14 from the National Center on Minority Health and Health Disparities (NCMHD) for four research projects that will address some of the critical medical and mental health needs confronting residents of Haiti and the Haitian community in Miami in the aftermath of the devastating earthquake. e four approved proposals include: Public Administration is working on an initiative to measure the emotional stresses of relief and early recovery workers in Haiti; Social Work through Operation Help Haiti at Home is assisting community-based agencies here that are working with Haitians in South Florida and in Haiti; Nursing and Health Sciences is working on a project involving rehabilitation of amputees; and the College of Medicine has extended the new NeighborhoodHELP’ program to include Little Haiti neighborhood. Dr. Emel Ganapati, Assistant Professor in the Department of Public Administration, was recently awarded an NSF research grant in the amount of $45,441 for a project titled Re-Housing Urban Haiti After the Earthquake: e Role of Social Capital.Ž e objective of the research is to: (1) Document the preand post-disaster social capital in three diverse Port-au-Prince communities; (2) Document the housing recovery process in three selected Port-au-Prince communities; and (3) Assess the impact of preand postdisaster social capital on the speed and quality of housing recovery in these communities. e selected communities are Ptionville (a high-income area), Delmas (a middle-income area), and Canap Vert (mainly a squatter area). Professor of earth sciences and geologist Florentin J. Maurrasse worked with the Bureau of Mines and Energy, the University of Haiti and Columbia (Lamont-Doherty Earth Observatory) to submit a grant proposal to the National Science Foundation (NSF). e goal of the project is to complete detailed seismic surveys in the Gulf of Port-auPrince in order to assess the exact position of faults that may be the cause of serious risks to the populated areas in case of future earthquakes. e project will also prepare Haitian professionals and provide training to graduate students in the eld of seismology. On April 16, President Bill Clinton highlighted FIU students commitment to actionduring the opening plenary session of the third annual Clinton Global Initiative University (CGIU) at theUniversityofMiami. e commitment, Rasin Lavil Bay Lavi is a collaborative project proposed by FIU graduate student Ann Marie Warmenhoven and Camille Kremer, aUniversityofMiamigraduate student. e project was highlighted by President Clinton as an exemplary approach to addressing a speci c global challengeŽ. Rasin Lavil Bay Lavi, Haitian Creole for Urban Roots Give Life, connects a Haitian community with training, technology, and tools to create small-scale urban gardens.Warmenhoven, a graduate student in LACCs M.A. in Latin American and Caribbean Studies program, came up with the idea of expanding urban agriculture in Haiti during the course of her Masters research on Haitis agricultural and food systems. rough research, fundraising, and community education, the project will work to expand one pilot garden into 10 multiple family plots within one year. Our Federal Relations o ce in Washington, D.C. coordinated FIU visits with agencies, international organizations and foundations to identify possible opportunities for collaboration. Additionally, the o ce has been monitoring the Presidents Haiti Relief Supplemental Bill, which should infuse the Department of State and other international relief organizations with additional resources. Meetings held on FIUs behalf included the U.S. Agency for International Development, Organization of American States, Pan American Health Organization and the InterAmerican Development Bank. Early on, this was to advise them of the breadth of FIUs response, and speci c interest in the University of Haitis rebuilding e orts. Potential opportunities were outlined which included developing a proposal for funding an Emergency Scholarship Program for the University of Haiti through the Organization of American States. Meetings with the Clinton Foundation and the Clinton Global Initiative resulted in FIU President Dr. Mark Rosenbergs participation in the convening of American and Haitian University presidents in Miami on April 17.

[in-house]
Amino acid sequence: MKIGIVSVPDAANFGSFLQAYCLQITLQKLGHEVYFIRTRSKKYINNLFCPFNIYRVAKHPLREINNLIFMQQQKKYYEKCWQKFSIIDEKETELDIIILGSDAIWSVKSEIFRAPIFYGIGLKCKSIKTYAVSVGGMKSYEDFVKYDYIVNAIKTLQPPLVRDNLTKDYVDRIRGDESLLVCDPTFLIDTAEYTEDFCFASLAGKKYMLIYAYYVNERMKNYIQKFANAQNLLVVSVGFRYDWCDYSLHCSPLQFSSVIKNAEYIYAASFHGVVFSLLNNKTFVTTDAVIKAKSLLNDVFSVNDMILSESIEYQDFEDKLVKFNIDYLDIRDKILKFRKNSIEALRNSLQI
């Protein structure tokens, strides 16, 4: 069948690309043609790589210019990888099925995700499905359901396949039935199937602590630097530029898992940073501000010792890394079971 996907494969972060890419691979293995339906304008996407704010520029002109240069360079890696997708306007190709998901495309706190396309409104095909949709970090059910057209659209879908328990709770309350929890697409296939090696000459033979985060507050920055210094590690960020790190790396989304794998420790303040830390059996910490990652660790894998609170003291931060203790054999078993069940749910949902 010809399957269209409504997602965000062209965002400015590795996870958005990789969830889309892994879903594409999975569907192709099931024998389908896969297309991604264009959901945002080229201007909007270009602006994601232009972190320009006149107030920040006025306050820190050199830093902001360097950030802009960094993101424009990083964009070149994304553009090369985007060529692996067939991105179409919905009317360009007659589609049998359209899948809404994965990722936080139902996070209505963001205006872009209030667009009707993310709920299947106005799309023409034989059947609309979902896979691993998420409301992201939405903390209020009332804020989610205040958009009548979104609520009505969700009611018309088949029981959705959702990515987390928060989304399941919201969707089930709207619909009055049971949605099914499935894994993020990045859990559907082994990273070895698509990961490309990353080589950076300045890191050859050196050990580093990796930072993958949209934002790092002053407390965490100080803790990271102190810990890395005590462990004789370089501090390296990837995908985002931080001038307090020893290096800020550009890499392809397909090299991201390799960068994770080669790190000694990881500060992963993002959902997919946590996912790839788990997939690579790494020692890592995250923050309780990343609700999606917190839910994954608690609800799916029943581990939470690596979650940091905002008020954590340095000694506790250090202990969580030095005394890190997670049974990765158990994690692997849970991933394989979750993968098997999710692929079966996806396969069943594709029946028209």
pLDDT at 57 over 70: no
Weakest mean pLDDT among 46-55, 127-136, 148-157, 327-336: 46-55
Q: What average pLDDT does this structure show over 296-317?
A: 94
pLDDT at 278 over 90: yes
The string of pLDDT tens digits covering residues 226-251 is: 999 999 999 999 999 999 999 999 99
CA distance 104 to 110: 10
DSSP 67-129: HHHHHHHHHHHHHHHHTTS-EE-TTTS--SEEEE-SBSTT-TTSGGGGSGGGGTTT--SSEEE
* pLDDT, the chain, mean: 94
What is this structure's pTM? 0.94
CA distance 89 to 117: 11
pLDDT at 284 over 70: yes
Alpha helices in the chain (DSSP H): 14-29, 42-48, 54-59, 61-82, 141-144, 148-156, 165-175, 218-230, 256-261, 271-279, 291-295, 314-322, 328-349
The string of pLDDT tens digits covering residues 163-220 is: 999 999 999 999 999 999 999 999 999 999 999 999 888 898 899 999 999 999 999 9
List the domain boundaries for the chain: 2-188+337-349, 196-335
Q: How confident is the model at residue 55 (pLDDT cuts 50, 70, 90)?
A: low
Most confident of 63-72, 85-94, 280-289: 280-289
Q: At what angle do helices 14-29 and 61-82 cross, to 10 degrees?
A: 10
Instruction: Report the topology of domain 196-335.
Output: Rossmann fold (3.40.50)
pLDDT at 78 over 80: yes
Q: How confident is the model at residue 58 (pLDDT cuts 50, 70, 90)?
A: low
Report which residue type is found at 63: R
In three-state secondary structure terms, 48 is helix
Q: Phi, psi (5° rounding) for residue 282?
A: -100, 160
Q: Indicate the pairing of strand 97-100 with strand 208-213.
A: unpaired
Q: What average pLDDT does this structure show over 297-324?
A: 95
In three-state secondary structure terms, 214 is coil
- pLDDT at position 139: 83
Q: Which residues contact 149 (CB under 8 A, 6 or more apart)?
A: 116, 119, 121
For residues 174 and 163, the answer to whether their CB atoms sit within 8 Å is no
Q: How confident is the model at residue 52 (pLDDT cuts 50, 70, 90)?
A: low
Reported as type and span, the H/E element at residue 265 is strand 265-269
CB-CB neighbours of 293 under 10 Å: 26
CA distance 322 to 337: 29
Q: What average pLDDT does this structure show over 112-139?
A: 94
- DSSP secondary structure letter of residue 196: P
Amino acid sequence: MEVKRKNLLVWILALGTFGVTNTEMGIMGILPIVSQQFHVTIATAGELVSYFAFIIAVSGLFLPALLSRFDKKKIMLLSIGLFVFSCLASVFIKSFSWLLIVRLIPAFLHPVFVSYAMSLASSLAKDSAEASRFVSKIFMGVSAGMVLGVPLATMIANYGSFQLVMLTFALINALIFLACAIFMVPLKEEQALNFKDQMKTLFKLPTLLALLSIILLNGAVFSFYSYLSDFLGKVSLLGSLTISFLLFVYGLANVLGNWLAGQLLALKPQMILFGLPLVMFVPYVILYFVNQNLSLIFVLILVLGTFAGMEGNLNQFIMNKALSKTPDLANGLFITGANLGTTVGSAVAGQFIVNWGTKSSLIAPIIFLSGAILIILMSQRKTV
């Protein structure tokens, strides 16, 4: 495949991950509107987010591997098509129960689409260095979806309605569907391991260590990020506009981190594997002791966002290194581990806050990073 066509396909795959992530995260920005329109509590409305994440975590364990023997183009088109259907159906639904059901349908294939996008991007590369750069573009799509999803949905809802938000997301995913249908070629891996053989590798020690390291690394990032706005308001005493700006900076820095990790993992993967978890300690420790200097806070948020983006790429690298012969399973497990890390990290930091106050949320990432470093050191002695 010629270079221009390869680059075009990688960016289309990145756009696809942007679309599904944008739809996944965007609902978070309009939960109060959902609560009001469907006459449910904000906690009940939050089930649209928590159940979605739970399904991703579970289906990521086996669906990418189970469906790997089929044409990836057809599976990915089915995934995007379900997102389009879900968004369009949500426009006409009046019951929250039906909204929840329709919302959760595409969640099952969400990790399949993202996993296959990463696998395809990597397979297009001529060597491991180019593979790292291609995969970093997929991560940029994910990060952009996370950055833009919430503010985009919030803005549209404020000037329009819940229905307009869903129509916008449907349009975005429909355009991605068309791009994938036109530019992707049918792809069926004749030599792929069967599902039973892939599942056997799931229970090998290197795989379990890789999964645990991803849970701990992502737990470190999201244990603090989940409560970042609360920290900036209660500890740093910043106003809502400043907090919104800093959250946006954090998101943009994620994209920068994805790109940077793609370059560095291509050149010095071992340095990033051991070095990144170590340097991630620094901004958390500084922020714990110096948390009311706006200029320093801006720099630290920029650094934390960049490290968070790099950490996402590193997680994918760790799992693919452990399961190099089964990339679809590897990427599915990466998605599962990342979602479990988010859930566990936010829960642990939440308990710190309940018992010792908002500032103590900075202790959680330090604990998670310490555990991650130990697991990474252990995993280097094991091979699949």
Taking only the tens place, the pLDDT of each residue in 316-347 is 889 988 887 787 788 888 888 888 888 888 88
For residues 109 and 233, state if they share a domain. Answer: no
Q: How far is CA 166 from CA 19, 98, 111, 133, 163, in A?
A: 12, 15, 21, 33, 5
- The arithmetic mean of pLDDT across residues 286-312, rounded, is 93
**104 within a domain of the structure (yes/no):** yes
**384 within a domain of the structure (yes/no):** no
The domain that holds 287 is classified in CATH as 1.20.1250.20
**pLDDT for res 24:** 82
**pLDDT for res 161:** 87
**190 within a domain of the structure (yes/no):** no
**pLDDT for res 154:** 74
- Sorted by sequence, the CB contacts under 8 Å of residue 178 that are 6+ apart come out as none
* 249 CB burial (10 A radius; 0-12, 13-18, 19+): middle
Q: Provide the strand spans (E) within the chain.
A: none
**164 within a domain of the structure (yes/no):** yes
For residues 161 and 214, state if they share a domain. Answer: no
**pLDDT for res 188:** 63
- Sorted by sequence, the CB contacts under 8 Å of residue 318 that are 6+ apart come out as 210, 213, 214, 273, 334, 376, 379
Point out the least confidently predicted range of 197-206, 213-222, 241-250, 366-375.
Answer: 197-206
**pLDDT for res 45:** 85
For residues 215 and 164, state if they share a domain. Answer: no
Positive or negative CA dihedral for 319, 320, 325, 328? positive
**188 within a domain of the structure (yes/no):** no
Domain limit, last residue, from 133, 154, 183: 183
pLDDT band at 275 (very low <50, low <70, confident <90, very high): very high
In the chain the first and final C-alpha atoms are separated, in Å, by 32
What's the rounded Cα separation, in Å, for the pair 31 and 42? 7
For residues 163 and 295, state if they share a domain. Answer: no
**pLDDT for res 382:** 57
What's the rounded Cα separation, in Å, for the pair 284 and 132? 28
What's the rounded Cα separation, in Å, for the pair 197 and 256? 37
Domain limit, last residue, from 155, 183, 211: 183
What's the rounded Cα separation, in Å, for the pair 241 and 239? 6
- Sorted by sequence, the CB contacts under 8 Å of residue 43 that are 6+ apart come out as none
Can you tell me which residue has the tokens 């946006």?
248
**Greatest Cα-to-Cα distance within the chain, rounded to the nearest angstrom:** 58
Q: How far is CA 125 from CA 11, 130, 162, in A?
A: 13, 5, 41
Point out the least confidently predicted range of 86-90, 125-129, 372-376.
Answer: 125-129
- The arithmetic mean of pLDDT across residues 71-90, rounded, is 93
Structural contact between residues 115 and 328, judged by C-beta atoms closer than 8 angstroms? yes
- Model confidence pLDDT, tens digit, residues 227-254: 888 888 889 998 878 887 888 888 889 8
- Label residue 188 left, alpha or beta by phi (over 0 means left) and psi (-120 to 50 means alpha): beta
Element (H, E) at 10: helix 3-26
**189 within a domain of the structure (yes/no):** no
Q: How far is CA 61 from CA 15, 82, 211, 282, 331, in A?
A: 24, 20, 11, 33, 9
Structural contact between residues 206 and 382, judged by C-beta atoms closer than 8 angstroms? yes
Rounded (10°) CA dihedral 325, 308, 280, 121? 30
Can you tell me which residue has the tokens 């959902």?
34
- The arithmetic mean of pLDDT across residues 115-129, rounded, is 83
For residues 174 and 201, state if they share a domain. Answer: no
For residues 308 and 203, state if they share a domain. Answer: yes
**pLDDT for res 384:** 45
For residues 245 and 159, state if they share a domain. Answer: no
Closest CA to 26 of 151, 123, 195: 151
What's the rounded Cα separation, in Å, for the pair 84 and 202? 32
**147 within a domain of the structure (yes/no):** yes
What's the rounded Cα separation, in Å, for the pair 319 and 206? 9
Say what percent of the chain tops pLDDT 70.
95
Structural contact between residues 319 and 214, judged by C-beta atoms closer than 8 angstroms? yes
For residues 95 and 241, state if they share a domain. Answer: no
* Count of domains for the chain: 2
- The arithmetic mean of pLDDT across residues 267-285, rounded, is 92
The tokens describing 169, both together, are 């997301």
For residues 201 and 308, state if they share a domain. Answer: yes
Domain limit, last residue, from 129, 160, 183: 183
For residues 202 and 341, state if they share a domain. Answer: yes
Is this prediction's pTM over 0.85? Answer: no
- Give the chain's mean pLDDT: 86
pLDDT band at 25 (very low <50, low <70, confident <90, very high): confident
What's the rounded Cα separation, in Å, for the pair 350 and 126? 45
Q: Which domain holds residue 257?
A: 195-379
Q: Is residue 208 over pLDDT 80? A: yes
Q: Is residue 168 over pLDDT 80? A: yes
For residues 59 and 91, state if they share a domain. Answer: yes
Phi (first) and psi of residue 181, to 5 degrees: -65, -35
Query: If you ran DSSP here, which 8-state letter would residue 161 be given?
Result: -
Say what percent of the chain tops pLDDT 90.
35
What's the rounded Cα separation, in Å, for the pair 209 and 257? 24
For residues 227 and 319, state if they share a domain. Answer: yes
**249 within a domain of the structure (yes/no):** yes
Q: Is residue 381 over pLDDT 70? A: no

15 VOLUNTEERS FIU has developed a Creole-speaking volunteer database of more than 261 individuals from around South Florida. e volunteers have been activated with numerous internal and external requests. Some of these include an urgent request for 70 volunteers to serve as translators during on-going Temporary Protected Status (TPS) clinics yielded 35 translators in two days. Another request supported St. omas Universitys e orts during their on-going TPS clinics. Associate Professor Leonard Elbaum in the Department of Physical erapy is working with the International Society of Prosthetists and Orthotists, who is actively supporting volunteer prosthetists with many organizations on the ground in Haiti. ey requested assistance with translating a number of educational materials to be used to train local craftsmen and women and/or technicians to help fabricate and deliver prosthetic devices. Twelve volunteers from the database quickly responded to the need and have translated these documents. Another request provided an opportunity to showcase Haitian artists who sold their art at Macys Heart of Haiti event. e latest request for translation came through the Green Family Foundation during a dinner event on November 11 in honor of Haitian entrepreneurs at the Modesto A. Maidique campus. More than 200 FIU Panthers … including trustees, the president, vice presidents and deans … turned out Sunday, January 24, 2010 to a warehouse in Doral to sort and pack relief supplies for Haiti e event was organized at the request of the Miami-Dade County O ce of Emergency Management. FIU Trustee and alumnus Alberto Maury attended and volunteered Leon Medical Center buses to transport participants. e AT&T Pioneers teamed with FIUs bachelor in Business Administration program cohort 27 students, sta Gentiva Health, and Sytec USA to sort and deliver nine truckloads of sorted clothes and miscellaneous items to His House, Sisters of Charity, Notre Dame DHaiti Catholic Church More than 200 FIU students, faculty, staff and community leaders gathered on January 24, 2010 to sort and pack relief supplies for Haiti.